Although it may seem as if we’re on the cusp of a major vaccine breakthrough for COVID-19, experts, like Dr. Anthony Fauci, have warned us that the end to Coronavirus is still a long way off. Just a few weeks ago, Fauci told ABC News
that we likely won’t see life return to normal until the end of 2021.
That means that high school seniors need to search and apply for colleges with the global pandemic in mind, which looks a little different than the typical college search.
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A few weeks ago, U.S. News and World Report
and Crimson Education
, an admissions consulting firm that specializes in helping their clients get into top colleges and universities around the world, participated in a joint webinar
that discussed the constantly evolving admissions landscape in a COVID world.
Both sides provided answers to questions that high school juniors and seniors may be asking as they search for the perfect college – and there may be questions that you have, too. The best way you can stay on top of admissions changes and COVID implications is to stay informed. With that, here are some of the top questions and answers from the experts.
1. Which schools are better able to adapt amidst the pandemic?
The answer here was quite blunt: the wealthy schools. Colleges and universities with large endowments have the resources to successfully pivot in times of change and uncertainty. These schools were able to shift quickly to online learning, and fund the platforms and equipment that have been necessary to educate students while they’re at home.
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Brian Kelly, editorial director and executive vice president of U.S. News & World Report, pointed out that many of these large, wealthy colleges and universities have their own hospitals on campus. With that, they’re able to run campus-wide testing frequently and to quarantine positive cases effectively to help eliminate the spread.
However, Kelly admitted that switching to an online format in the spring was a huge change for every school. No one did it perfectly – because none of these colleges and universities had to do it beforehand.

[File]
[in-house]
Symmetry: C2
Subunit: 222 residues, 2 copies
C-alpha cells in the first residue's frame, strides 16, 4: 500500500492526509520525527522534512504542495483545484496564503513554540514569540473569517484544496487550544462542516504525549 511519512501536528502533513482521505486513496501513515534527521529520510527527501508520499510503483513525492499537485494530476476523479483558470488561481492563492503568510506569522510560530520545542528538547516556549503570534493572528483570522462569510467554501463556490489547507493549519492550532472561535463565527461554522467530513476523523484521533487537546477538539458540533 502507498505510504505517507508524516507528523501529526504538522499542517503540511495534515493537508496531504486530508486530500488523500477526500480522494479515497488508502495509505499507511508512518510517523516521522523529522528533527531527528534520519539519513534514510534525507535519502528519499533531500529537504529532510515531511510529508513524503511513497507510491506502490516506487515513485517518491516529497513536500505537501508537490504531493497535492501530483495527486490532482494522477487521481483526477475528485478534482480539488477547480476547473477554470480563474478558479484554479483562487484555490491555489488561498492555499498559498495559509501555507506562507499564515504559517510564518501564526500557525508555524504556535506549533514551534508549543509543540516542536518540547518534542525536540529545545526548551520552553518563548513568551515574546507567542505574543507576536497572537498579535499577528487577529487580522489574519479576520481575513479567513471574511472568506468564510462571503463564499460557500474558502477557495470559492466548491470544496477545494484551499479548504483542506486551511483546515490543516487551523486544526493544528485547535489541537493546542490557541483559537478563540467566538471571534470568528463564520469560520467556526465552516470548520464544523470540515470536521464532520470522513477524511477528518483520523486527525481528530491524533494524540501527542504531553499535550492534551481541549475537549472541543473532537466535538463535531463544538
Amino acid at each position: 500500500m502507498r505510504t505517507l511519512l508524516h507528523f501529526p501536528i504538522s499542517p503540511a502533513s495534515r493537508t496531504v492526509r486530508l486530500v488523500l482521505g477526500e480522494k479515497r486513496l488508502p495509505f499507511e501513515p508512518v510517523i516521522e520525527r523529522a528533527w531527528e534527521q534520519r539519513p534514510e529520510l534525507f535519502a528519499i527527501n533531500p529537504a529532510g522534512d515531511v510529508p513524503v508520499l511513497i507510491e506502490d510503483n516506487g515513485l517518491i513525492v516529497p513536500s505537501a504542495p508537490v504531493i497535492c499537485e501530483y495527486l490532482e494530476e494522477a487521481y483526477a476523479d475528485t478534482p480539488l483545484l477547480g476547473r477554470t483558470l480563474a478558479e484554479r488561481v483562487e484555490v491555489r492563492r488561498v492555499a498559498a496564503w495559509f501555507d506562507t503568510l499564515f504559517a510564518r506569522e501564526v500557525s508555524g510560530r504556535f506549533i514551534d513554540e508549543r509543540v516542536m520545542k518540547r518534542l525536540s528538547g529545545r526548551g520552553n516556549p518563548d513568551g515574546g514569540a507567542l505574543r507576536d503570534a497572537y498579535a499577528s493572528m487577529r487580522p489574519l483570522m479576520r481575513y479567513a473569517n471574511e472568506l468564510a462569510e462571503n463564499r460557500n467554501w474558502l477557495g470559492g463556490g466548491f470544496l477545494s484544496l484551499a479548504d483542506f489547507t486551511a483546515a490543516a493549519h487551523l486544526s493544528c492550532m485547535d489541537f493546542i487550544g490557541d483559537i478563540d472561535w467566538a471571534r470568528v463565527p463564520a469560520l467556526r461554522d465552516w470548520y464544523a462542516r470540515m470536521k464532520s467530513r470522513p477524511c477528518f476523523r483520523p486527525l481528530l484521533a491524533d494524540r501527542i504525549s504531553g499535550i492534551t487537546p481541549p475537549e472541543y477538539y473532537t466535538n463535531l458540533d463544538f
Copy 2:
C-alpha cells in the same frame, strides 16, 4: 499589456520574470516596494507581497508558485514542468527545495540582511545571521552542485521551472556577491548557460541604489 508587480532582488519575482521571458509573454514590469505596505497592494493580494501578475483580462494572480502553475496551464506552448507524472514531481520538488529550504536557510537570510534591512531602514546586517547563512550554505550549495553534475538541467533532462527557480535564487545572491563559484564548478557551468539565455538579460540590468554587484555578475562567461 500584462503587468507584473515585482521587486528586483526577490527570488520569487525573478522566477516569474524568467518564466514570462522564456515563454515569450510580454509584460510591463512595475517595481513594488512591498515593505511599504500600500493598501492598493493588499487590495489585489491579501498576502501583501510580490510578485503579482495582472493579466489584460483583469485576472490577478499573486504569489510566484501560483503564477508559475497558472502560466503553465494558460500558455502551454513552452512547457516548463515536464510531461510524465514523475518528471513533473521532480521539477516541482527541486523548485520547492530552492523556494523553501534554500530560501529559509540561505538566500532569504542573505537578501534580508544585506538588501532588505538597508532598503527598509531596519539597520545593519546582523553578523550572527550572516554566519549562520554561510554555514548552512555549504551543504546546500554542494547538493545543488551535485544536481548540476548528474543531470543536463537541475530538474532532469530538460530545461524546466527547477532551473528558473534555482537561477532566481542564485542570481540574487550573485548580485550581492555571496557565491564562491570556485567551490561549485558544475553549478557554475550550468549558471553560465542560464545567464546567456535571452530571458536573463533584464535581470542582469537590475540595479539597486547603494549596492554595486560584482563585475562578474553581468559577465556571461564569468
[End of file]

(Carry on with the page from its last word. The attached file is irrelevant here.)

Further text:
As high school seniors search for colleges, take socially distanced campus tours, and engage in conversations with admissions officers over Zoom or email, they need to be asking questions about how the college is handling COVID.
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How are students quarantining? How are Zoom classes going? Will I be able to have Zoom hours with professors? What is the college’s plan if there is an outbreak? How has the school been adapting to the constant changes?
2. What is the biggest impact to admissions?
Both Kelly and David Freed, chief operating officer of Crimson, agreed that colleges and universities going test optional or test blind
was the single biggest impact to admissions of COVID. They stated that this could be the beginning of the end of standardized tests.
However, they were also quick to defend standardized testing as a good measure of how students will perform in college. For example, a student that may have a B- or C-average but performs really well on standardized tests can be seen by the admissions committee as a student who had a very rigorous academic load in high school. While their grades are not straight A’s, a high test score proves that they can be successful in college.
3. Should students consider Early Admission or Early Decision over Regular Admission this year?
Freed pointed out that most colleges and universities are desperate to have students commit to attending college next year. He stated that 20% of the incoming class at Harvard chose to defer admissions, and colleges don’t want to see that trend continue next year.
As a result, students who apply Early Admission or Early Decision have a greater chance of being admitted than they were if they had applied last year. Admission committees will be admitting students at a higher rate from this pool of applicants.